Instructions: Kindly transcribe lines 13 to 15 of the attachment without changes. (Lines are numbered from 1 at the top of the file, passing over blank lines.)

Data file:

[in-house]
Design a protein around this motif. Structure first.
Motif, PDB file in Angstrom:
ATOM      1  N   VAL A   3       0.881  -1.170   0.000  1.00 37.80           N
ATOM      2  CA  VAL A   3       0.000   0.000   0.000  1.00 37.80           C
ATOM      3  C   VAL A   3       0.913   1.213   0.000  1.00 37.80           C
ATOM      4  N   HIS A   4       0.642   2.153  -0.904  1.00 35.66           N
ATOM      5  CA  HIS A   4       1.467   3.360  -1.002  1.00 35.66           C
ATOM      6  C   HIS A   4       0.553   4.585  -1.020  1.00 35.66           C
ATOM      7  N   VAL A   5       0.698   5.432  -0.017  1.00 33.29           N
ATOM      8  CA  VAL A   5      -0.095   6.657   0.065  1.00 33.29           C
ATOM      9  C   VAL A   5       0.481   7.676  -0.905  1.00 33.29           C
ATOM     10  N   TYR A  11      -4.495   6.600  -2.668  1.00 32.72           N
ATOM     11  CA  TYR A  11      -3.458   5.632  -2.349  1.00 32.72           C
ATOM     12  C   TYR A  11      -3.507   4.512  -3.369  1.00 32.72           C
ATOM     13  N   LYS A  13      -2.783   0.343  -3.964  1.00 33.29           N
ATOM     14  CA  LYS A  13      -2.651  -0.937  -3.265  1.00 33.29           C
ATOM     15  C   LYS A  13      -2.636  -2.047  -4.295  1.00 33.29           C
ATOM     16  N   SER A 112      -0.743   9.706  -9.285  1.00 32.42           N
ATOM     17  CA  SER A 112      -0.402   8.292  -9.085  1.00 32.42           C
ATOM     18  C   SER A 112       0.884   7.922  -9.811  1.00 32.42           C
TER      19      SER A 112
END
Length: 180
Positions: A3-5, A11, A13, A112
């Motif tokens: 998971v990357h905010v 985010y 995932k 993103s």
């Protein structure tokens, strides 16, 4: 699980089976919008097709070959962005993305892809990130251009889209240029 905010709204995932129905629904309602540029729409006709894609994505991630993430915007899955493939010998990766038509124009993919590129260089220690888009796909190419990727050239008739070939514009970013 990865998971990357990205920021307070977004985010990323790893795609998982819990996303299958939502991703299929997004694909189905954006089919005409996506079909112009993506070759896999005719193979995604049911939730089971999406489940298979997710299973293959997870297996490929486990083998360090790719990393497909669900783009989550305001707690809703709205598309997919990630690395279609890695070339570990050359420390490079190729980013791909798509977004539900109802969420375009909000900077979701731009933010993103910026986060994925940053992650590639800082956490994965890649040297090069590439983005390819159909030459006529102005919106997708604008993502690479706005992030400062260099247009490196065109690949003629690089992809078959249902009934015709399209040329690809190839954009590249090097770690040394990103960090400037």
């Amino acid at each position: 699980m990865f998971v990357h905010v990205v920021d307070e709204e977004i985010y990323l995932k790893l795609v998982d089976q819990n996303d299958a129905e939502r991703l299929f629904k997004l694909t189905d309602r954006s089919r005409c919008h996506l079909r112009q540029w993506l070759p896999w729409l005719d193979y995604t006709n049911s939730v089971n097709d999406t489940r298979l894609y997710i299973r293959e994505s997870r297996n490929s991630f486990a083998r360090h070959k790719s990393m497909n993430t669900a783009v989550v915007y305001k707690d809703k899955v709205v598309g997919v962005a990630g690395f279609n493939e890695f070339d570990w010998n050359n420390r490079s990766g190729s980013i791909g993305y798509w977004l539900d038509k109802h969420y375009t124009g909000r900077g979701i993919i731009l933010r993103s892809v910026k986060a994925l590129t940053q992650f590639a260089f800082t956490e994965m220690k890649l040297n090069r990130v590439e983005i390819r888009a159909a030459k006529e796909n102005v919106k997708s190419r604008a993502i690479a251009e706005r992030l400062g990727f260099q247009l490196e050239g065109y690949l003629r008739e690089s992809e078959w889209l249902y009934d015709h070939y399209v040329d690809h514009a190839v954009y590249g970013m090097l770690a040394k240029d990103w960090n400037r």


ATOM     10  N   TYR A  11      -4.495   6.600  -2.668  1.00 32.72           N
ATOM     11  CA  TYR A  11      -3.458   5.632  -2.349  1.00 32.72           C
ATOM     12  C   TYR A  11      -3.507   4.512  -3.369  1.00 32.72           C